We make a quick exit into the courtyard and suddenly I’m skating back and forth on blocks of ice into an ice shanty where art students try to sell me expensive beer. Apparently this is the “Canadian Exhibit”.  The stink of barbecued sardines hangs in the air like a venereal disease.

“You’re Tim’s friend from Scotia?” asks Ryan, a new acquaintance who resembles Joey Jeremiah from Degrassi High.


“I went there this summer. Awesome place.”

“Spent my whole life there.”

“I love fishing,” he says and sniffs the sardine perfumed air.  “Remind you of home?”

“I’ve never gone fishing in my whole fucking life,” I say. And I hate Barrett’s Privateers.

“Why’d you leave?” he asks.

“I’m Jewish,” I say. “Figure going to Toronto I can find myself a wife.”



“So why Toronto?”

I contemplate what lie I’m going to tell.  I committed a murder and I’m fleeing arrest.  I’ve decided to try my hand at modeling. I have come to be surgically implanted in your fat fuck future Mayor Rob Ford’s guts.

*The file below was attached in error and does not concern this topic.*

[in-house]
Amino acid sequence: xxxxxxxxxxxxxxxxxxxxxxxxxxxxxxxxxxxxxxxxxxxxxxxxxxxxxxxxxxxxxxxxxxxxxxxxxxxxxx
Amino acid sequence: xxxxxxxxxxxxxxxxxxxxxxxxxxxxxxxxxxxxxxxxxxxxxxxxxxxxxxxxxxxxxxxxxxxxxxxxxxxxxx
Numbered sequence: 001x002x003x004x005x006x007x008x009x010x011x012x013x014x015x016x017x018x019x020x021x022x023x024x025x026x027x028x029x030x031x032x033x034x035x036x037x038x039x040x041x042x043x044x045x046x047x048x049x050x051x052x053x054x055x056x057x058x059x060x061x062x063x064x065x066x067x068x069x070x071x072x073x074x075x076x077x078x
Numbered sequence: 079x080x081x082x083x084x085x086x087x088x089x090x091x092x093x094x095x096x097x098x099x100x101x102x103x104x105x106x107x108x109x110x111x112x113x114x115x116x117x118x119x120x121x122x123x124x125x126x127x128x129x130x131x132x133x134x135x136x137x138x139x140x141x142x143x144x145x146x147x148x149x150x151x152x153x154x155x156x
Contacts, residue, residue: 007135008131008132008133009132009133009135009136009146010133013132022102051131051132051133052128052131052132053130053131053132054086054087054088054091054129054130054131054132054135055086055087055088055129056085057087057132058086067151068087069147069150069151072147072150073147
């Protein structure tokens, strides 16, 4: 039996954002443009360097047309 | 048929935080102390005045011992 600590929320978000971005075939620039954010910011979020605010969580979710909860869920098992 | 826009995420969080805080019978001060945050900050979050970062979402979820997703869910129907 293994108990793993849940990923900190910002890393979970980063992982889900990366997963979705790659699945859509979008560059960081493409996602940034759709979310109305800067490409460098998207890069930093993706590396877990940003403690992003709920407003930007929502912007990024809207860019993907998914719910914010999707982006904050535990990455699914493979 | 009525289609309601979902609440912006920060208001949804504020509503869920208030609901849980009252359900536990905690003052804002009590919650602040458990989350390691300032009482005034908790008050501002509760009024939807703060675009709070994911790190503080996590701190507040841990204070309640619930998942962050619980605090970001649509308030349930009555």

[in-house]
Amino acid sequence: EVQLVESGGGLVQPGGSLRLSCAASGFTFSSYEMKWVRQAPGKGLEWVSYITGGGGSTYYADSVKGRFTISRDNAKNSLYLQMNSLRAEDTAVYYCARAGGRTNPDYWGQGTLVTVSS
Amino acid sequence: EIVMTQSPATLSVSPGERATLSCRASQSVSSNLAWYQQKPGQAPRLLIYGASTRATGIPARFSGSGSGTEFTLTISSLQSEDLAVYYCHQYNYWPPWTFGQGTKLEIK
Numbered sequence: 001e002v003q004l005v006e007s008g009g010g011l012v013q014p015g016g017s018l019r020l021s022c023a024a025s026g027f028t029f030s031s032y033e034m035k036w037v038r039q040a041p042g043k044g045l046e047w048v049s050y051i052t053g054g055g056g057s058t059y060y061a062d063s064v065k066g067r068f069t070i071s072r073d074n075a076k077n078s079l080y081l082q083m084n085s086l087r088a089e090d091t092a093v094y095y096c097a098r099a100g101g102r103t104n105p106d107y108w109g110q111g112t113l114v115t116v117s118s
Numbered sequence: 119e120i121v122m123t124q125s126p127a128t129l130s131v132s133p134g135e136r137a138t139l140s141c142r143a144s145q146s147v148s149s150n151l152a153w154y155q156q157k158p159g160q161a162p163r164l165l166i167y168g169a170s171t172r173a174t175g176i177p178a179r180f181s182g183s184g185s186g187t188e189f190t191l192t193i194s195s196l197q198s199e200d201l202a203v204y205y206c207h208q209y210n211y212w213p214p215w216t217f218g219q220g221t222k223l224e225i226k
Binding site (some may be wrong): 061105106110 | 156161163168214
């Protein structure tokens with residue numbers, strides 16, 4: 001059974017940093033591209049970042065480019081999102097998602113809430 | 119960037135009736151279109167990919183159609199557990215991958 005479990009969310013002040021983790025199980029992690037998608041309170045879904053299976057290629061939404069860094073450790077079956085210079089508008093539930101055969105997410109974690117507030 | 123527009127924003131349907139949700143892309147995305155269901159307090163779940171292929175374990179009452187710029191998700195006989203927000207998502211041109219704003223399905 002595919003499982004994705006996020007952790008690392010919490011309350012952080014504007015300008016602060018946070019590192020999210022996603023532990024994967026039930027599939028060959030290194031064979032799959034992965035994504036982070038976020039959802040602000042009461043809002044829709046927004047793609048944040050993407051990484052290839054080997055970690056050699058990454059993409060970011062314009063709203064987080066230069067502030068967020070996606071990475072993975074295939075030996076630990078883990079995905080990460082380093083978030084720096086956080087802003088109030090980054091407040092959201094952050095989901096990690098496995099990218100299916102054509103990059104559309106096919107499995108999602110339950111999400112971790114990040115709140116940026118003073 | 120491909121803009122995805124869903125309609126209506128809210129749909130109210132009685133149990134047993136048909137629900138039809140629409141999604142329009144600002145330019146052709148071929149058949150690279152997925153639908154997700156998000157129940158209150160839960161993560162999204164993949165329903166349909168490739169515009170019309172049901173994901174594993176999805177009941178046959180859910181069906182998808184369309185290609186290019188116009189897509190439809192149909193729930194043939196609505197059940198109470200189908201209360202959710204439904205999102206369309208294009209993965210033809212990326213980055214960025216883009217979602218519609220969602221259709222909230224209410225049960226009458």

“To flee the Dread Pirate Roberts,” I say with a big drunk smile.

“Wanted to see the big city life?”

“I want to meet Wendel Clark,” I say.  “I need to know where he gets his beard cut.”

“Is there a real answer?” he asks.


We leave the courtyard and enter a room where a projector shows a shaggy haired man repeating the phrase true and false during a polygraph exam.

Truth be told, the end of a romance led me here.

Into the strobe light speed of the city of Toronto.

Here is now a mall where I’m dancing with strangers to Mo Money, Mo Problems, hanging out with some of my best friends from University for the first time in years.